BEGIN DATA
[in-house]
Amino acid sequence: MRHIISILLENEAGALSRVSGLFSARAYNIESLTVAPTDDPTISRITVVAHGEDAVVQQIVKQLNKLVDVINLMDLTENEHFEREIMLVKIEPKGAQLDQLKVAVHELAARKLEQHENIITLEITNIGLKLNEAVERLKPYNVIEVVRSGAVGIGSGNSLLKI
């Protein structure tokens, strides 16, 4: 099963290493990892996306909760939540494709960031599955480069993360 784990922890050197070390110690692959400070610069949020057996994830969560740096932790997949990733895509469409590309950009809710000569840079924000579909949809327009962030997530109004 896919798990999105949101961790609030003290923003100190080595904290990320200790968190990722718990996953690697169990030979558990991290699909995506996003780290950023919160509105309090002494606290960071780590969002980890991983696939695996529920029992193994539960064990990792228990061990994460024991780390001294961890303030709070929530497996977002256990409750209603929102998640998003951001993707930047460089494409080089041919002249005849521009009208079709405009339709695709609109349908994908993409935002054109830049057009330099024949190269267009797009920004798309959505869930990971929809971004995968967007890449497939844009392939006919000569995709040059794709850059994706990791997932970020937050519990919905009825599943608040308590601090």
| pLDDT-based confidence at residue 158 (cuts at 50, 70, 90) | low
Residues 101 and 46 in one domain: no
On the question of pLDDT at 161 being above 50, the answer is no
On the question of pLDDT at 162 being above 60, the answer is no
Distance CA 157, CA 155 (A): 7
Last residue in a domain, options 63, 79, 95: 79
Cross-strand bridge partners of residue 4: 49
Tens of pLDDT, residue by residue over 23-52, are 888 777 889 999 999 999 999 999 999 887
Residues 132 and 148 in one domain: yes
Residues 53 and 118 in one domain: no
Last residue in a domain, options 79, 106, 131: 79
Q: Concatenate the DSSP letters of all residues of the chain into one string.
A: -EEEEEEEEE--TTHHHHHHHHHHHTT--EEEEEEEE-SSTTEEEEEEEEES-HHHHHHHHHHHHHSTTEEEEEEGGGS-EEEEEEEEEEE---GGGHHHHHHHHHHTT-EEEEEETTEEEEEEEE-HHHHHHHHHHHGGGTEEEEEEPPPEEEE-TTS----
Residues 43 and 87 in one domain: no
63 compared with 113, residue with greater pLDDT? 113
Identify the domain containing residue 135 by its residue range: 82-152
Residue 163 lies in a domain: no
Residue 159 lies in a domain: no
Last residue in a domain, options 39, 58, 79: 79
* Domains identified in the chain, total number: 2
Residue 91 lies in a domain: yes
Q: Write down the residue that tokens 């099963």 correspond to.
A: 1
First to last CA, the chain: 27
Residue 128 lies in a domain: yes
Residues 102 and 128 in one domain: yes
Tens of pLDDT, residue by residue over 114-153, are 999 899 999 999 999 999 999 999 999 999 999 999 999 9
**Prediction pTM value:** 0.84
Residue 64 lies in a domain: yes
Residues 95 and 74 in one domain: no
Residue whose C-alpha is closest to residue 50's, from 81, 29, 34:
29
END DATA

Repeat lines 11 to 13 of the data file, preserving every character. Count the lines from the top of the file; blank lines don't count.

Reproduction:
Tens of pLDDT, residue by residue over 23-52, are 888 777 889 999 999 999 999 999 999 887
Residues 132 and 148 in one domain: yes
Residues 53 and 118 in one domain: no